Malaria No More – Live Below the Line

Malaria No More have sent me this information about a great challenge which is coming up to raise money for the charity…

“Live Below the Line is back!
Between 29 April and 3 May, we will be part of an amazing movement to help tackle malaria and other causes of extreme poverty. Hundreds of people from all walks of life will be Living Below the Line for Malaria No More UK.

The Challenge?  To live on £1 for all food and drink for 5 days. Why?  Because that’s the reality for the 1.4 billion people who live below the poverty line everyday for everything.

It sounds like a tough challenge, but we and 200 of our supporters and friends took part last year raising vital funds and awareness to help beat malaria.  Take a look at this short film clip to see how much fun we had.

Will you join us in 2013?

It’s less than two weeks until Live Below the Line launches for 2013, but it’s not too late to get ahead of the crowd and sign up now.

Malaria is one of the greatest causes of poverty in Africa, but it’s one of the cheapest to end.  In fact it costs less than the price of a cup of coffee to treat a child and save their life. You can be a part of making malaria no more by signing up to Live Below the Line this year.”

Malaria swim; SAIntS, Malawi

Last Friday, at Saint Andrew’s International High School (SAIntS), my old school friends took part in a sponsored swim to raise money to help prevent malaria. This 24 hour swim raises money to buy mosquito nets, for hospitals in Blantyre, which are essential for stopping the spread of malaria, and saving lives. Last year, I took part in the overnight swim. We were in teams, taking it in turns to swim lengths of the school pool throughout the day and night; altogether we managed to swim the length of Lake Malawi, 580km. It was exhausting, but great fun and we knew we were helping a good cause.

image from http://www.unmultimedia.org/radio/english/wp-content/uploads/2011/06/nets-children.jpg

Malaria kills more than 1 million people in Africa each year, 90% of them are children. Toddlers are especially vulnerable as they no longer drink their mother’s breast milk, which is rich in anti-bodies, and haven’t had time to develop their own resistance. Cerebral malaria is particularly dangerous and life-threatening, as it can cause a reversible coma when it infects the human brain.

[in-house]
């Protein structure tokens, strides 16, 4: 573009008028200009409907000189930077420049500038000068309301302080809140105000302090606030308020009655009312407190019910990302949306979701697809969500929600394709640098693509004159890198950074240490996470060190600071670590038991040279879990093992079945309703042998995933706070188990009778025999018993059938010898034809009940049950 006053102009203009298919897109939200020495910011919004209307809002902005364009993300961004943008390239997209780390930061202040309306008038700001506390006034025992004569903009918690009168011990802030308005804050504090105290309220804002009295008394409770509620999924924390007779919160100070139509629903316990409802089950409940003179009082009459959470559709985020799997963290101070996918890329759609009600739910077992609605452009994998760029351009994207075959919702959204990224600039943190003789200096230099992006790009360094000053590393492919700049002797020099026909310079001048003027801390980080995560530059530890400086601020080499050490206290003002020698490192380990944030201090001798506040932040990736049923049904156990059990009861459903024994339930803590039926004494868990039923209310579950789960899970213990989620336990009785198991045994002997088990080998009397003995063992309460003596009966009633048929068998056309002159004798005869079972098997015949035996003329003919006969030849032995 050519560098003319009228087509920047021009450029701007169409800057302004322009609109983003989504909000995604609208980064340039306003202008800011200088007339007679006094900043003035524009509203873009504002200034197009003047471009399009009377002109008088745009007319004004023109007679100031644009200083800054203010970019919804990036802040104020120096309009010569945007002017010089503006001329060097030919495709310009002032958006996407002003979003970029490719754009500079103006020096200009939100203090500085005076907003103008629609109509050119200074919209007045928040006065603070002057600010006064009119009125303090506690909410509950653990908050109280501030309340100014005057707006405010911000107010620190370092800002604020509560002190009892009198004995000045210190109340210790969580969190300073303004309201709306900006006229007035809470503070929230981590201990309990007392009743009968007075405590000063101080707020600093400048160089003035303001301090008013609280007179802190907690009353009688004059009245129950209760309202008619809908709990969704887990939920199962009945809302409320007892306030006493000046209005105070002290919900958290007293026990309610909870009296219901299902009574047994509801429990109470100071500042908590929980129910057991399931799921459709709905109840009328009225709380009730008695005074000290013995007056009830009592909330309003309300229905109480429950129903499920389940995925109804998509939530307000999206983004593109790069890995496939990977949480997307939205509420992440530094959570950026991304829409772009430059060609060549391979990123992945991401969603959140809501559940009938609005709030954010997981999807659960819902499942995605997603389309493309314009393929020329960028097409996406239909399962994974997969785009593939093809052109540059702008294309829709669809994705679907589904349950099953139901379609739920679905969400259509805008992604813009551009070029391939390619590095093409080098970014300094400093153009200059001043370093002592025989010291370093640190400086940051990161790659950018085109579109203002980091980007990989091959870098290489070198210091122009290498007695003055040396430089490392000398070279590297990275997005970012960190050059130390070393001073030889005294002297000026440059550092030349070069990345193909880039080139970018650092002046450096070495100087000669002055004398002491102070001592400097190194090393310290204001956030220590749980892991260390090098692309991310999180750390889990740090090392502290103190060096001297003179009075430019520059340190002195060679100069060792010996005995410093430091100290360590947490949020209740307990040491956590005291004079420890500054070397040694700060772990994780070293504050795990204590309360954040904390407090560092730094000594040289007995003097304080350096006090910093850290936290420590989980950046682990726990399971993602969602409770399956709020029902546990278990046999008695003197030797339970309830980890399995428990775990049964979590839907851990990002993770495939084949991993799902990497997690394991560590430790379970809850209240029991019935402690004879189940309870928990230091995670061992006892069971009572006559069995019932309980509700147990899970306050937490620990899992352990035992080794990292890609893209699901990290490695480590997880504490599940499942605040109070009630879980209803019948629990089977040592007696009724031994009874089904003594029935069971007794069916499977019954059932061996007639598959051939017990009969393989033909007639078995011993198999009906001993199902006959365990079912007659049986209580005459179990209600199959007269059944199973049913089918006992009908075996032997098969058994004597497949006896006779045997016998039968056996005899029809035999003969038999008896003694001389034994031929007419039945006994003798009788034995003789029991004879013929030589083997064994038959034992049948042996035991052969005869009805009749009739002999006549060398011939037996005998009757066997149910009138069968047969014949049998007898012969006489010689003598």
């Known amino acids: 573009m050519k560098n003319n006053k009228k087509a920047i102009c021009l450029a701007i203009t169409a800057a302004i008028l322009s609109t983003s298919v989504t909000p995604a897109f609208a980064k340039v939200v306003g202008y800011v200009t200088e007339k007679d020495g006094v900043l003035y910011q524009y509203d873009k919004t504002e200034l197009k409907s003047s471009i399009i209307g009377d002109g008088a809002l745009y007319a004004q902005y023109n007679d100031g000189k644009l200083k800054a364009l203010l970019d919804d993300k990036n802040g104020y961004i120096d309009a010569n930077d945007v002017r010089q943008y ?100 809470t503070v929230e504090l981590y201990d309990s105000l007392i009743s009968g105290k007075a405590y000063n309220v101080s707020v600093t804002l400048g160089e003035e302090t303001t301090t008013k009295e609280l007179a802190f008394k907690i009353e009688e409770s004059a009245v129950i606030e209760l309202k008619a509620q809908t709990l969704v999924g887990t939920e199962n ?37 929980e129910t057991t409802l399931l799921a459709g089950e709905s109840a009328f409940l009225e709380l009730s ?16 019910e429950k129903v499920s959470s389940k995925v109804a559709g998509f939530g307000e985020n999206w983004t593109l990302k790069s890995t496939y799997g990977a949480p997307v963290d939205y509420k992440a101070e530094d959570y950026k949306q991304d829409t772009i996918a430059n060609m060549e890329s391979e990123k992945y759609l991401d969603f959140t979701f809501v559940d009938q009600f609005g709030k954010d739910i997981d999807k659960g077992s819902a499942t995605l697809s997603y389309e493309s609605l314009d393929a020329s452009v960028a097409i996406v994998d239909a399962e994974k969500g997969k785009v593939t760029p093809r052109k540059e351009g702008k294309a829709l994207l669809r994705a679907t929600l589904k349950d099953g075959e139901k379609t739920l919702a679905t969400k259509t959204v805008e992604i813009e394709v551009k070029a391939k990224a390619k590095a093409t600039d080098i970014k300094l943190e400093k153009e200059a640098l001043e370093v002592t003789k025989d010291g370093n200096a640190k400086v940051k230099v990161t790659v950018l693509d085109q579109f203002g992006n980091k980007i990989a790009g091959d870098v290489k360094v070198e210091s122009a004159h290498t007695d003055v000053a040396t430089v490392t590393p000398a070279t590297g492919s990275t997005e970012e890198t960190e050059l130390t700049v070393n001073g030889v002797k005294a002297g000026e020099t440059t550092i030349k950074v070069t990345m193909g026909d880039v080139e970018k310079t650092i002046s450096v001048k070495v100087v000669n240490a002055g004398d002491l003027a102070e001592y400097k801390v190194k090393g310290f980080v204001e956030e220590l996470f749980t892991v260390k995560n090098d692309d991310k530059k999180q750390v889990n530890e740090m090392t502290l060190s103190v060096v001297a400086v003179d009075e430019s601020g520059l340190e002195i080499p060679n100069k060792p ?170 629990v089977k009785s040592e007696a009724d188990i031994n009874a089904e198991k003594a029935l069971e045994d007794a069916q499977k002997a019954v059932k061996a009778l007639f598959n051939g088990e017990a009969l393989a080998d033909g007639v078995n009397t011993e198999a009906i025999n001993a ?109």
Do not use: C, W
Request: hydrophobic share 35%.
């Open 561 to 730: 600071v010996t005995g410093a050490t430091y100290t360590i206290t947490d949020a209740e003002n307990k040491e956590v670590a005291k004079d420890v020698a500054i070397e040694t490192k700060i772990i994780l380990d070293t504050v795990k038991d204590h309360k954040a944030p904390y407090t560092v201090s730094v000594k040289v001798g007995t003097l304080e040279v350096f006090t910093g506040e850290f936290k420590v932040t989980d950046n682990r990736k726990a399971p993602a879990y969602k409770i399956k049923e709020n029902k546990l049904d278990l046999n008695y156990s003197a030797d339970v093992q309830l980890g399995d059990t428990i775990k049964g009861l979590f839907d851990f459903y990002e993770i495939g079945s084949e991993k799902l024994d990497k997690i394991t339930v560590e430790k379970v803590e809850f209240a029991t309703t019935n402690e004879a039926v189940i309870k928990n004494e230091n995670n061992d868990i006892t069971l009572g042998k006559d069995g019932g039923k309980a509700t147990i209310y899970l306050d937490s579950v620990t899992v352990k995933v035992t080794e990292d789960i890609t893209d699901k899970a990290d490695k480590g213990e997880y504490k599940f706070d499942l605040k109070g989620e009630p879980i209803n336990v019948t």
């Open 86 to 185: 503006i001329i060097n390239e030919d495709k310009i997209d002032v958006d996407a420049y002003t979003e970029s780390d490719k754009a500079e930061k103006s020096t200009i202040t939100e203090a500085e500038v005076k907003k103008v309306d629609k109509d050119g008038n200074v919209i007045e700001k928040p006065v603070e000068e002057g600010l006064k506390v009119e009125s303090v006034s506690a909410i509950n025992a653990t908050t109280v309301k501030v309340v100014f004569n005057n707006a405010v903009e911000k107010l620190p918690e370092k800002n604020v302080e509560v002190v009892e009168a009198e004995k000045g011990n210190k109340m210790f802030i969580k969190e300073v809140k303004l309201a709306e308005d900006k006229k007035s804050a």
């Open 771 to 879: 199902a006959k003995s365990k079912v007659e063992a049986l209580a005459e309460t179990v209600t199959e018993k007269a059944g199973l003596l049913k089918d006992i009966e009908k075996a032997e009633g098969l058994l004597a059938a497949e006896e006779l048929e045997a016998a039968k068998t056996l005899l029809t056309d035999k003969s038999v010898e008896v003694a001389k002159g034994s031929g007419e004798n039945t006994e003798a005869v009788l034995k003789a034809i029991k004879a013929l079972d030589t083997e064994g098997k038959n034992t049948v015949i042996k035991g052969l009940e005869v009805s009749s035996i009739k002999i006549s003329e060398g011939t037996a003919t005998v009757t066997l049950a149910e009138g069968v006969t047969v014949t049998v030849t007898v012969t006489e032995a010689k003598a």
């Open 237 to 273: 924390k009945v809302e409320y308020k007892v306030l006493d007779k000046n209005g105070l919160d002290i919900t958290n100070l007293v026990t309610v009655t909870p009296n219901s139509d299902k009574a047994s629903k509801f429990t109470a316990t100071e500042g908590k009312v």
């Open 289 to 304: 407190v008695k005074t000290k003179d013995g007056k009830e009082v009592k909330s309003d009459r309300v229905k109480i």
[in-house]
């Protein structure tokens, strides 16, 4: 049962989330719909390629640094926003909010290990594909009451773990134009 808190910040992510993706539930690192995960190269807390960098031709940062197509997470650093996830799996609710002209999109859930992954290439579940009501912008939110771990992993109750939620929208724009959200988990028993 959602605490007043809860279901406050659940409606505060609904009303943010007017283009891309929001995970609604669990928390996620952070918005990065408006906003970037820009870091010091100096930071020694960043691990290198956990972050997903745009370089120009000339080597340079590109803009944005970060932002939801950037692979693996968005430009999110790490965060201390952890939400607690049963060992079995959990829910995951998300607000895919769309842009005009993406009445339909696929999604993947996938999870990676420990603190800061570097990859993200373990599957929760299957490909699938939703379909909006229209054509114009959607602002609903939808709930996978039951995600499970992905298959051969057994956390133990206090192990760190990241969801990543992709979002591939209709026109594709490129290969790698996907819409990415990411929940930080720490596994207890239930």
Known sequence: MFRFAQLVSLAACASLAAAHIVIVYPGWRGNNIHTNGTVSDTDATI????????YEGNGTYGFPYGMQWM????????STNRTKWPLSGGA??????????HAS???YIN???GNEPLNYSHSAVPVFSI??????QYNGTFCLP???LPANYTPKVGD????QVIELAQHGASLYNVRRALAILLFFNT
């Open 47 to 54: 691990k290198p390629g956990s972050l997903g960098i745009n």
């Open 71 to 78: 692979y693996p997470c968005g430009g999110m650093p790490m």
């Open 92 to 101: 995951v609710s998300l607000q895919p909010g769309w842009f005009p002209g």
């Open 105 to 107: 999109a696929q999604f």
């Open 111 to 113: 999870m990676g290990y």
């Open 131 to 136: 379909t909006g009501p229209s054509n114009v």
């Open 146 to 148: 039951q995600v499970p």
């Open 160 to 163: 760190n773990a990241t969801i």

image from http://www.organizedchaosonline.com/wp-content/uploads/2013/04/how-to-relieve-mosquito-bites.jpg

However, in Blantyre, Malawi, an international team of scientists are leading the way in malaria research, at the Blantyre Malaria Project.

Dr Terrie Taylor and Dr Malcolm Molyneux, designed a simple rating scale for depth of coma, called the Blantyre Coma Scale, which allows children to be more quickly and reliably assessed and treated. The method has been widely adopted elsewhere, and today the Blantyre Coma Scale is used worldwide for the assessment of severely ill children.

Another crucial discovery, made in Blantyre, is that severe malaria infection often causes a drastic fall in blood sugar levels, which contributes to the malarial coma. Staff at Queen’s Hospital, Blantyre found they were able to turn around many of the sickest children using nothing more complicated than intravenous glucose.

The Blantyre Malaria Project probably helped to save my brother’s life in 2010. Within minutes of arriving at Queen’s Hospital with a high fever, he had been tested and diagnosed with the highest level of malaria. Just a short while later, he was admitted to hospital and put on one of several quinine drips. Luckily, being generally fit and healthy, he recovered quickly and 5 days later was back at home. Many other children aren’t as fortunate.

But malaria is not only responsible for millions of deaths; it also cripples the African economy, because of the number of sick days people take every year, especially during the wet season. And yet, simply by sleeping under a mosquito net at night, the number of cases can drop considerably.

If, like me, you want to help put an end to malaria, you can go to my Just Giving page, and donate to Malaria No More.